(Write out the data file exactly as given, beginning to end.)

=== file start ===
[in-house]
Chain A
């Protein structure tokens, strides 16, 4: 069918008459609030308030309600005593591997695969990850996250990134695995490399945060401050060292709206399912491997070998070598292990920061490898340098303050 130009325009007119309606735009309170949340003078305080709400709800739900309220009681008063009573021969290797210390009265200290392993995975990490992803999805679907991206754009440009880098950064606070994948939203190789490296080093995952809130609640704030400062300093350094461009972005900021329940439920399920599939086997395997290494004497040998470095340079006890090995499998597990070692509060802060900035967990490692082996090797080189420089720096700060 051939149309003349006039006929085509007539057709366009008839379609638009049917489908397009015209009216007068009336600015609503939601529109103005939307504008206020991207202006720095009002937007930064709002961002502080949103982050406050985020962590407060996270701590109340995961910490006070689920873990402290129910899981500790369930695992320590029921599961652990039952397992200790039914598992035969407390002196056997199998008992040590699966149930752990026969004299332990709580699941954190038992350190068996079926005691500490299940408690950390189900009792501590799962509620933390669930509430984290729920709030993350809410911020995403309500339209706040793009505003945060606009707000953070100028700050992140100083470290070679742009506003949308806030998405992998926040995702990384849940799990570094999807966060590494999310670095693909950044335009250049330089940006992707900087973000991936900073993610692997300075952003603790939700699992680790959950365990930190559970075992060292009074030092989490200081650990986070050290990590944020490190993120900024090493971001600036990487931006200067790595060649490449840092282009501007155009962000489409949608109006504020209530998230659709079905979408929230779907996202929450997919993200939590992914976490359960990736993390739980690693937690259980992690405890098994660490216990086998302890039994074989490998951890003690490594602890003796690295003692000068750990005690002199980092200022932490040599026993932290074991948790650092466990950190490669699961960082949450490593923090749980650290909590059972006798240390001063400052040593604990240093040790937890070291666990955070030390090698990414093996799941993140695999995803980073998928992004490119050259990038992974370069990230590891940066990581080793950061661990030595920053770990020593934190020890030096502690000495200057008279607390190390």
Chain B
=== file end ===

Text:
[in-house]
Chain A
């Protein structure tokens, strides 16, 4: 069918008459609030308030309600005593591997695969990850996250990134695995490399945060401050060292709206399912491997070998070598292990920061490898340098303050 130009325009007119309606735009309170949340003078305080709400709800739900309220009681008063009573021969290797210390009265200290392993995975990490992803999805679907991206754009440009880098950064606070994948939203190789490296080093995952809130609640704030400062300093350094461009972005900021329940439920399920599939086997395997290494004497040998470095340079006890090995499998597990070692509060802060900035967990490692082996090797080189420089720096700060 051939149309003349006039006929085509007539057709366009008839379609638009049917489908397009015209009216007068009336600015609503939601529109103005939307504008206020991207202006720095009002937007930064709002961002502080949103982050406050985020962590407060996270701590109340995961910490006070689920873990402290129910899981500790369930695992320590029921599961652990039952397992200790039914598992035969407390002196056997199998008992040590699966149930752990026969004299332990709580699941954190038992350190068996079926005691500490299940408690950390189900009792501590799962509620933390669930509430984290729920709030993350809410911020995403309500339209706040793009505003945060606009707000953070100028700050992140100083470290070679742009506003949308806030998405992998926040995702990384849940799990570094999807966060590494999310670095693909950044335009250049330089940006992707900087973000991936900073993610692997300075952003603790939700699992680790959950365990930190559970075992060292009074030092989490200081650990986070050290990590944020490190993120900024090493971001600036990487931006200067790595060649490449840092282009501007155009962000489409949608109006504020209530998230659709079905979408929230779907996202929450997919993200939590992914976490359960990736993390739980690693937690259980992690405890098994660490216990086998302890039994074989490998951890003690490594602890003796690295003692000068750990005690002199980092200022932490040599026993932290074991948790650092466990950190490669699961960082949450490593923090749980650290909590059972006798240390001063400052040593604990240093040790937890070291666990955070030390090698990414093996799941993140695999995803980073998928992004490119050259990038992974370069990230590891940066990581080793950061661990030595920053770990020593934190020890030096502690000495200057008279607390190390």
Chain B